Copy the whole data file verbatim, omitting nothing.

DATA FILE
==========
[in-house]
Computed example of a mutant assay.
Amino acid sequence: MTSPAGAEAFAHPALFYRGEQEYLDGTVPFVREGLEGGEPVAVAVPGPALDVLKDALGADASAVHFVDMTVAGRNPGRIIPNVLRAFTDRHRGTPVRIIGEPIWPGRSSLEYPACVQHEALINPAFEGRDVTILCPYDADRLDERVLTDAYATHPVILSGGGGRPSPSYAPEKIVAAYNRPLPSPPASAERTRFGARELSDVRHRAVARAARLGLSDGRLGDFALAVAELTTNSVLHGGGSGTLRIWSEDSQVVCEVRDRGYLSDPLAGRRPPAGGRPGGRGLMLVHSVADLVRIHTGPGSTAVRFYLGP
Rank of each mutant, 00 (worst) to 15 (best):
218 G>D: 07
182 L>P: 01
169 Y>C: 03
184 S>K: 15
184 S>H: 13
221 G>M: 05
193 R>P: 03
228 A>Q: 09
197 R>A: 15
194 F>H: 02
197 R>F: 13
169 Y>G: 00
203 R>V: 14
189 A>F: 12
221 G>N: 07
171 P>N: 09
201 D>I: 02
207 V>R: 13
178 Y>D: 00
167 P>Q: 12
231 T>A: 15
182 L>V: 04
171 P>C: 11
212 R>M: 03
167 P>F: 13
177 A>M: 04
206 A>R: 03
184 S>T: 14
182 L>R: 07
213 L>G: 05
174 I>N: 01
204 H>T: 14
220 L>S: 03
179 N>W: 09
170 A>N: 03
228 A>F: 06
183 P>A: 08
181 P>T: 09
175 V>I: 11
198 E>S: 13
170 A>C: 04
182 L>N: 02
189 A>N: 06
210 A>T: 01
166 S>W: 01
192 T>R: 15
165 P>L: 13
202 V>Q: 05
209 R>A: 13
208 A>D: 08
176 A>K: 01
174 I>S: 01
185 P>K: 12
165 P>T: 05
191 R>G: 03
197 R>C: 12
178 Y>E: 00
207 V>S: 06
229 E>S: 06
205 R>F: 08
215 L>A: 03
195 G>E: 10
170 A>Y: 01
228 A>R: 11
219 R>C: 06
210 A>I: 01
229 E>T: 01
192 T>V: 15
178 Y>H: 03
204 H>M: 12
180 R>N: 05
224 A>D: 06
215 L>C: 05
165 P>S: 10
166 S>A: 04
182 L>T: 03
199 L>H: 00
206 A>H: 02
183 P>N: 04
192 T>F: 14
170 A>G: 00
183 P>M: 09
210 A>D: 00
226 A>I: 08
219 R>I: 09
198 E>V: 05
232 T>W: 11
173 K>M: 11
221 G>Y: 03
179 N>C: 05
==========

[in-house]
Computed example of a mutant assay.
Amino acid sequence: MTSPAGAEAFAHPALFYRGEQEYLDGTVPFVREGLEGGEPVAVAVPGPALDVLKDALGADASAVHFVDMTVAGRNPGRIIPNVLRAFTDRHRGTPVRIIGEPIWPGRSSLEYPACVQHEALINPAFEGRDVTILCPYDADRLDERVLTDAYATHPVILSGGGGRPSPSYAPEKIVAAYNRPLPSPPASAERTRFGARELSDVRHRAVARAARLGLSDGRLGDFALAVAELTTNSVLHGGGSGTLRIWSEDSQVVCEVRDRGYLSDPLAGRRPPAGGRPGGRGLMLVHSVADLVRIHTGPGSTAVRFYLGP
Rank of each mutant, 00 (worst) to 15 (best):
218 G>D: 07
182 L>P: 01
169 Y>C: 03
184 S>K: 15
184 S>H: 13
221 G>M: 05
193 R>P: 03
228 A>Q: 09
197 R>A: 15
194 F>H: 02
197 R>F: 13
169 Y>G: 00
203 R>V: 14
189 A>F: 12
221 G>N: 07
171 P>N: 09
201 D>I: 02
207 V>R: 13
178 Y>D: 00
167 P>Q: 12
231 T>A: 15
182 L>V: 04
171 P>C: 11
212 R>M: 03
167 P>F: 13
177 A>M: 04
206 A>R: 03
184 S>T: 14
182 L>R: 07
213 L>G: 05
174 I>N: 01
204 H>T: 14
220 L>S: 03
179 N>W: 09
170 A>N: 03
228 A>F: 06
183 P>A: 08
181 P>T: 09
175 V>I: 11
198 E>S: 13
170 A>C: 04
182 L>N: 02
189 A>N: 06
210 A>T: 01
166 S>W: 01
192 T>R: 15
165 P>L: 13
202 V>Q: 05
209 R>A: 13
208 A>D: 08
176 A>K: 01
174 I>S: 01
185 P>K: 12
165 P>T: 05
191 R>G: 03
197 R>C: 12
178 Y>E: 00
207 V>S: 06
229 E>S: 06
205 R>F: 08
215 L>A: 03
195 G>E: 10
170 A>Y: 01
228 A>R: 11
219 R>C: 06
210 A>I: 01
229 E>T: 01
192 T>V: 15
178 Y>H: 03
204 H>M: 12
180 R>N: 05
224 A>D: 06
215 L>C: 05
165 P>S: 10
166 S>A: 04
182 L>T: 03
199 L>H: 00
206 A>H: 02
183 P>N: 04
192 T>F: 14
170 A>G: 00
183 P>M: 09
210 A>D: 00
226 A>I: 08
219 R>I: 09
198 E>V: 05
232 T>W: 11
173 K>M: 11
221 G>Y: 03
179 N>C: 05